The King James Version translation of 1 John 2:2 states that Jesus is “the propitiation for our sins.” The Greek verb is ἱλάσκομαι (hilaskomai), and it suggests that Jesus did much more than assuage God’s anger. In fact, the word is never used to describe any act on the part of worshippers through which God is coaxed, bribed, cajoled, enticed, or forced into having a gracious disposition or favorable attitude toward them. In short, the scriptures never speak of God as losing His love for a child even when He hates their actions. He is ever anxious to be reconciled to anyone who will turn to Him, and the Father has done His part to make that happen. The scriptures do show that it is the person who must be reconciled to God. Thus, any continuing resistance that exists is on the part of the person alone.
The author’s conclusion (in Hebrews 2:18) is poignant. Because the Savior became fully mortal, He endured (πάσχω, paschō) all the pain, suffering, heartache, disappointments, and temptations that humankind faces. In addition, through the Atonement, He also experienced something He never knew as a mortal—namely, the crushing and excruciating power and pain of sin. All these tried (πειράζω, peirazō) Him to the core and in their wake left Him with understanding, compassion, and mercy (see Doctrine and Covenants 62:1). As a result, He not only willingly but also anxiously reaches out to assist His mortal brothers and sisters as they are tried.23
Adapted from Richard D. Draper and Michael D. Rhodes, Epistle to the Hebrews (Provo, UT: BYU Studies, 2021), 164–167, 169–170.
In the first section of Hebrews 3 (verses 1–6), the author clearly states the lesson he wants his readers to get from what he has told them about the Lord. That lesson is strong and poignant. He stresses the need for his readers not to abandon the Lord but rather to imitate His faithfulness. To make his point, the author contrasts Jesus with Moses. Doing so discloses his genius. Moses was revered second only to Abraham by most Jews, and the author takes nothing away from the prophet’s greatness. In doing so, however, he heightens that of the Savior. He does this by contrasting Moses’s station as the builder of the house of Israel with that of Jesus, who is its ruler.
By focusing on two of the Lord’s offices, those of Apostle and high priest, the author emphasized the divine authority through which the Savior operated (verse 1). An Apostle (ἀπόστολος, apostolos) was one empowered and sent out (ἀποστέλλω, apostellō) to do a task in behalf of another. Behind the title stood the authority of the one who made the assignment. In this case, it was the Father. Thus, the title witnessed that Jesus operated under divine authority. This verse gives evidence that the Savior organized His Church and that it continued to function under divine authority and apostolic leadership.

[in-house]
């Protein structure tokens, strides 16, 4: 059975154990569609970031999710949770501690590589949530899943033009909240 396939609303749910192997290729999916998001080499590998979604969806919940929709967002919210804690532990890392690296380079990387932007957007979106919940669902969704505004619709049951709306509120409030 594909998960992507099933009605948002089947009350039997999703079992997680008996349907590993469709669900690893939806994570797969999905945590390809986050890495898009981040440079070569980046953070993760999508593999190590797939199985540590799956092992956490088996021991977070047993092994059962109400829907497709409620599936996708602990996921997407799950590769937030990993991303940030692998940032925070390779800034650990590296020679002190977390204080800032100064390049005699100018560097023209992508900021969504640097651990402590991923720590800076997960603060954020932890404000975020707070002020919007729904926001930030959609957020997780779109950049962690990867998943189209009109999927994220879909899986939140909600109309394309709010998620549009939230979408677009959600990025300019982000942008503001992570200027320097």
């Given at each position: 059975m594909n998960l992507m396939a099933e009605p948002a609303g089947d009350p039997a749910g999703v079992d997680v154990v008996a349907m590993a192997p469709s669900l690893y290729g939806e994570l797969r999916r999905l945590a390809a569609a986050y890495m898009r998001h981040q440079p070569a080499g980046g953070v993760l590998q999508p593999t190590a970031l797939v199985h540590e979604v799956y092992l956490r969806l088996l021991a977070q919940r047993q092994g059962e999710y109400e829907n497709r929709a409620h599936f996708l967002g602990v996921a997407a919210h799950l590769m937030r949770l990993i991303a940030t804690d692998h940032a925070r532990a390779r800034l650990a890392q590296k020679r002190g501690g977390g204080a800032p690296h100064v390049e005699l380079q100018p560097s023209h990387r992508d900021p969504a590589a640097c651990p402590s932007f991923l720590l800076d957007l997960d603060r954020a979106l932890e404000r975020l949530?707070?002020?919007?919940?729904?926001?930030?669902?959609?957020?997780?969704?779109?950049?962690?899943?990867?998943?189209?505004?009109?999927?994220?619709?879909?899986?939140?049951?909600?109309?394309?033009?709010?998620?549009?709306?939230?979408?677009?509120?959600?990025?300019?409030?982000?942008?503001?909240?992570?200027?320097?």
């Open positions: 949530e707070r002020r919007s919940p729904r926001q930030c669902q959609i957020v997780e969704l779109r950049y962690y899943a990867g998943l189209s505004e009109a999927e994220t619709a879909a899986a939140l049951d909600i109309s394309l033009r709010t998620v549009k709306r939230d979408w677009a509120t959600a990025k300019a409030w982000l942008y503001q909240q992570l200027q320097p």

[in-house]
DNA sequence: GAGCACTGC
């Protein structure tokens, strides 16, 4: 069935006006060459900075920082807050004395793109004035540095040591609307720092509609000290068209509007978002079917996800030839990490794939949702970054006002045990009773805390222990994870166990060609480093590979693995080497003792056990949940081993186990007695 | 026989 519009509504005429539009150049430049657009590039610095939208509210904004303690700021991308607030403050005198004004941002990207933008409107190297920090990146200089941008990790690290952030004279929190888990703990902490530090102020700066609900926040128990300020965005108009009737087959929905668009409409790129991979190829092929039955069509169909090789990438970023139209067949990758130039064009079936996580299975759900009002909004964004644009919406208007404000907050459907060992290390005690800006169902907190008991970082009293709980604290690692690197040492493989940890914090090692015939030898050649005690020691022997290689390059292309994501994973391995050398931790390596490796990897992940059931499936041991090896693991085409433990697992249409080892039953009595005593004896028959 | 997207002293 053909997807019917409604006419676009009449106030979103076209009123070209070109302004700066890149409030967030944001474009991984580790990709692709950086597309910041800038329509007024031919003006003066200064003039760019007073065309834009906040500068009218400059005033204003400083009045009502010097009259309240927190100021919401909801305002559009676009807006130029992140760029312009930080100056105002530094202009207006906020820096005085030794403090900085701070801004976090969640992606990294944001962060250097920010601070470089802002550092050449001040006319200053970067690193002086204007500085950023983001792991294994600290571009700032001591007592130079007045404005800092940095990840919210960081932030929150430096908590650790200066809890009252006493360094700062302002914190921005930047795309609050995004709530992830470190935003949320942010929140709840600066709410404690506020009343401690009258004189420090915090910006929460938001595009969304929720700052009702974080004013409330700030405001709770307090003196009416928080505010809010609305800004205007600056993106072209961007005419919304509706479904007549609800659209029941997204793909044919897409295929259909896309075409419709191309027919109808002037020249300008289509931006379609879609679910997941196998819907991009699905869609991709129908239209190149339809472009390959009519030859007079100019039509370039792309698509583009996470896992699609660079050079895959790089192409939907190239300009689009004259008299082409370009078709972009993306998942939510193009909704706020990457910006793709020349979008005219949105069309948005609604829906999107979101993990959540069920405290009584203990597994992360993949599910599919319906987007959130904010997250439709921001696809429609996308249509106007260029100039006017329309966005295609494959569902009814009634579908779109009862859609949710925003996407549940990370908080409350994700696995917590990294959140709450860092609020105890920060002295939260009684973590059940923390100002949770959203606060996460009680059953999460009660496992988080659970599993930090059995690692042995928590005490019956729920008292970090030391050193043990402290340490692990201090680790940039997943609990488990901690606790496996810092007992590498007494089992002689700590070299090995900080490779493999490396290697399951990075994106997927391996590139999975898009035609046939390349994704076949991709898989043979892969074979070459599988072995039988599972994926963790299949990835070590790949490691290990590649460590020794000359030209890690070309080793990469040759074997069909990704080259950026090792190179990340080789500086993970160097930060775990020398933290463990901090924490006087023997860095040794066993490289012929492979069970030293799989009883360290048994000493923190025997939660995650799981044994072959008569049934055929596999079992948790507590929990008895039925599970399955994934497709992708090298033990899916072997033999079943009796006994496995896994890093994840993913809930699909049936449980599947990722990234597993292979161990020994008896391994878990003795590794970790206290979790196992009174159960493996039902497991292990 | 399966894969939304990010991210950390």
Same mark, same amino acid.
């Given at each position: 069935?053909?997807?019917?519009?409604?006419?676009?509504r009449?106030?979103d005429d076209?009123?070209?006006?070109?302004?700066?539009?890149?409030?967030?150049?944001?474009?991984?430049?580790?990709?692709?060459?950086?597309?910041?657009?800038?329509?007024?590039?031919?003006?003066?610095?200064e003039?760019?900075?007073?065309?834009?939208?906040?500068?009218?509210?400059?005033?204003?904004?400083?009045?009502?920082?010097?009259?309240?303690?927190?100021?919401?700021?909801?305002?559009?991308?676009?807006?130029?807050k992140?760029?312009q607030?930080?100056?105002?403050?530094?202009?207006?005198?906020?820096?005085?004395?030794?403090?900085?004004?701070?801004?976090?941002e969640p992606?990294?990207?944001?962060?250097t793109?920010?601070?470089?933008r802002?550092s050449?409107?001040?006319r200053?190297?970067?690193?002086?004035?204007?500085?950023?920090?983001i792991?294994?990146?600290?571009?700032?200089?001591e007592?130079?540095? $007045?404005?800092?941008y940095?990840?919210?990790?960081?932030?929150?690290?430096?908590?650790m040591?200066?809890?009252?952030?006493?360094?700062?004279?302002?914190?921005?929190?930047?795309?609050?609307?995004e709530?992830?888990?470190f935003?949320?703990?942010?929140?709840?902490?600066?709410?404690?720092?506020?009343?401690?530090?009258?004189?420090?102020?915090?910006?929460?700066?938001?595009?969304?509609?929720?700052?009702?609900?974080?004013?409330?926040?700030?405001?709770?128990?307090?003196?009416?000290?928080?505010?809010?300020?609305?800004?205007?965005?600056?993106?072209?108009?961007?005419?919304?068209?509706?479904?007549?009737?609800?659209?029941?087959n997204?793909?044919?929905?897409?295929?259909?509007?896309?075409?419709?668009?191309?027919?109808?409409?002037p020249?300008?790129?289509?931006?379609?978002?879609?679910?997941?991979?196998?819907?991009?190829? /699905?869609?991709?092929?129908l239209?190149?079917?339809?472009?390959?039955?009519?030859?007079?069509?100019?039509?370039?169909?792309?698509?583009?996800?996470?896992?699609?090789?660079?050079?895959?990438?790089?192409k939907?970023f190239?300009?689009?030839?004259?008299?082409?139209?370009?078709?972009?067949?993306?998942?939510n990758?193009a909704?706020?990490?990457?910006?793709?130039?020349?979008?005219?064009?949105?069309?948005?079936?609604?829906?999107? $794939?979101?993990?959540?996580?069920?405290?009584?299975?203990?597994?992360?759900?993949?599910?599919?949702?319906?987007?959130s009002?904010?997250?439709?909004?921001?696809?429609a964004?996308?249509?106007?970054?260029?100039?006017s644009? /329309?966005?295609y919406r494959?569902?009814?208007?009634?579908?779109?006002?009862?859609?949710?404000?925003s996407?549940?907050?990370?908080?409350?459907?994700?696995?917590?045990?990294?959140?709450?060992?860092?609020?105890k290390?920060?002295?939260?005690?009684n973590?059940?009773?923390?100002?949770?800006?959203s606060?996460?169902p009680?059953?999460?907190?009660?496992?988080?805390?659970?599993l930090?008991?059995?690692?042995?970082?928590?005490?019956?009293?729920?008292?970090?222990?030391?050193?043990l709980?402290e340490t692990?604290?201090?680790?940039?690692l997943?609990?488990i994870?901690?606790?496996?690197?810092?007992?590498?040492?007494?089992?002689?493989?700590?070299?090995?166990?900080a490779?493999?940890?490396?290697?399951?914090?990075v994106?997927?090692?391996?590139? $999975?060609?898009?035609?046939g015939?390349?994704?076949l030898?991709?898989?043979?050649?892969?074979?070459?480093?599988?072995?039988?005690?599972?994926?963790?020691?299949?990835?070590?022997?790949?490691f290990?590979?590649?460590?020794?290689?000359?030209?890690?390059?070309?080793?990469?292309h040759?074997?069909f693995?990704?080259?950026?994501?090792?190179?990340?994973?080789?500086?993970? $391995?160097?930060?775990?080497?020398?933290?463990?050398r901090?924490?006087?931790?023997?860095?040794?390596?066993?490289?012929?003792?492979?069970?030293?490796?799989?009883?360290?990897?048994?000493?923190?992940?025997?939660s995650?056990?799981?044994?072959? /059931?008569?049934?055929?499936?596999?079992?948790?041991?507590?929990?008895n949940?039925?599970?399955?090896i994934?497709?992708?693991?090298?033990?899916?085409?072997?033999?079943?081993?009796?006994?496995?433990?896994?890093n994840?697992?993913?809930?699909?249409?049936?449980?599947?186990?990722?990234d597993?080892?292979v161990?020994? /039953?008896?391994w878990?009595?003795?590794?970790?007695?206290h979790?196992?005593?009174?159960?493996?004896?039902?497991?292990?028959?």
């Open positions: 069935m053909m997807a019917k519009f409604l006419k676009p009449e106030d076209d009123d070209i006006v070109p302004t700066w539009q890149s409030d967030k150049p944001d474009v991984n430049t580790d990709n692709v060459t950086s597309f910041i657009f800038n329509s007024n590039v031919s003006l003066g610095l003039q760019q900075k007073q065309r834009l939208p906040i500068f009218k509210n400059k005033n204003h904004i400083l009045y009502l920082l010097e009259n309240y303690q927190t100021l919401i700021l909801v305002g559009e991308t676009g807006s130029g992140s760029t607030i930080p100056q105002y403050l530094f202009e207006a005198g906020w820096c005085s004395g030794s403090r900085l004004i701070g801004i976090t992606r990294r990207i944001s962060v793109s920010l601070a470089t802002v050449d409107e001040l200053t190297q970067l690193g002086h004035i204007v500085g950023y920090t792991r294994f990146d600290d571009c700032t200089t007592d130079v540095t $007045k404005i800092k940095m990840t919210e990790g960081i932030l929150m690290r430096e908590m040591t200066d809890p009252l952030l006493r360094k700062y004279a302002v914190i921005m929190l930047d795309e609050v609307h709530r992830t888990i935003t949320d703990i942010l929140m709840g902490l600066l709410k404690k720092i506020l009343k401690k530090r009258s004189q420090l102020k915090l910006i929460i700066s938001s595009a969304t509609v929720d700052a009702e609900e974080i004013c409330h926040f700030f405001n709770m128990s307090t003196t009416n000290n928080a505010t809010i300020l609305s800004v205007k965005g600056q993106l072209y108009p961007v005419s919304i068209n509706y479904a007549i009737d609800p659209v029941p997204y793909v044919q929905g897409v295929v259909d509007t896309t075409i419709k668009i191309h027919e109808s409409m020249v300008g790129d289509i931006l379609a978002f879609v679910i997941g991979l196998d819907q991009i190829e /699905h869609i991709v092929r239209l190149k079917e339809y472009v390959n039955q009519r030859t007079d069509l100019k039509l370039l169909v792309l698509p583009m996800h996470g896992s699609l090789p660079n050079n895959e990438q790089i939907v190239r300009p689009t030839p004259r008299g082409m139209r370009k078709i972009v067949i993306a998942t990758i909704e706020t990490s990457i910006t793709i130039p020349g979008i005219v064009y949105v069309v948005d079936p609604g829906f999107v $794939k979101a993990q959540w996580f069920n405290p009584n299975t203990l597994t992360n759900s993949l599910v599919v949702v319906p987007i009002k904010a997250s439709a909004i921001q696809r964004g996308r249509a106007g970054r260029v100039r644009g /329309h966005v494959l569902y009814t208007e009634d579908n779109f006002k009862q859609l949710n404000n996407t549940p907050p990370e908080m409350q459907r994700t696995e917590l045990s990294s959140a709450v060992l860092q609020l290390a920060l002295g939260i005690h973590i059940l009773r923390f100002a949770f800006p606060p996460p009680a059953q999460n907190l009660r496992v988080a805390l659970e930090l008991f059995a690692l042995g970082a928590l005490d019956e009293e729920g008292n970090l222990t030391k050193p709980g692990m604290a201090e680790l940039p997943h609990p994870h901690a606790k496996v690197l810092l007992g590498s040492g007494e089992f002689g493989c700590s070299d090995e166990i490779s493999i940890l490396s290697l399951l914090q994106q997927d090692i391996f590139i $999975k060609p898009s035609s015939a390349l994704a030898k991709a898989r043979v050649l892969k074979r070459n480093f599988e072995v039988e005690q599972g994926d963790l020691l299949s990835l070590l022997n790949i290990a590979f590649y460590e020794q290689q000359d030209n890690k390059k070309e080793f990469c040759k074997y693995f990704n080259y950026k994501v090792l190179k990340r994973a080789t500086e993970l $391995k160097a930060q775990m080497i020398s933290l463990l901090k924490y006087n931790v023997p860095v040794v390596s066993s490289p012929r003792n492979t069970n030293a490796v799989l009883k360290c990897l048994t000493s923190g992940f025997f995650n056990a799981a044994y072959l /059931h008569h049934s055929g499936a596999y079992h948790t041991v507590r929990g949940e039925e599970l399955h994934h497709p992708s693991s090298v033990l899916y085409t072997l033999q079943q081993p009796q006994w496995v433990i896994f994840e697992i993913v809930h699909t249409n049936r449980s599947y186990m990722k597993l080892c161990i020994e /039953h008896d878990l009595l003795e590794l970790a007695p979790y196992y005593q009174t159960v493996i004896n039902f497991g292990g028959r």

The high priest in the Aaronic order was chief administrator. During the period of his service, he was authorized to make expiation for the sins of Israel and, having done that, bring them into association with the divine as God’s own people.24 This imagery, therefore, looks not at the Lord’s power but at what He was to do with that power—cleanse the people (justify them), make them holy (sanctify them), and bring them to God.
The author states in verse 3 that Jesus was considered worthy or deserving (ἄξιος, axios), “to be held in highest esteem,” of the glory he received. The force of the verb, here a divine passive, tacitly shows that it was the Father who considered the Lord worthy. What made the Son worthy was that He fulfilled His twofold responsibility as Apostle and Great High Priest.
A notable theme in this section is the noun οἶκος (oikos), used six times in verses 2–6, which like its Hebrew counterpart, ִית ב (bַayit), in its basic sense means “a dwelling, house,” but can also be used metaphorically to describe the members of a household, or a family. It can even denote a whole group of people descended from a common ancestor, or a nation. In verses 3–4, where it is used with the verb κατασκευάζω (kataskeuazō), “to build,” the sense is “house,” whereas the sense “family” applies in verses 2, 5, and 6. The author contrasts Moses, who “was faithful as a servant in all God’s household” with Christ who “is faithful as a son over God’s household, whose household we are” (verse 5, authors’ translation). This highlights a common topic in the scriptures: that those who acknowledge Christ as their Savior and strive to keep His commandments become members of God’s family, with God as their Father and Christ as His Firstborn Son.
Christ’s followers, however, had to meet a twofold requirement in order to remain as God’s household (verse 6). First, they had to hold fast (κατέχω, katechō)—that is, adhere firmly—to the traditions and teachings they had received and do so with a cheerful confidence (παρρησία, parrēsia) that precluded any fear of the consequences of declaring and defending what they knew to be true. Second, they had to hold fast to the “hope they were proud of,” or the favorable and confident expectation they had in Christ and the delight (καύχημα, kauchēma) that caused them to both rejoice and glory in Him (verse 6). If they did these things—centering their faith in Christ—they would be in no danger of losing their reward.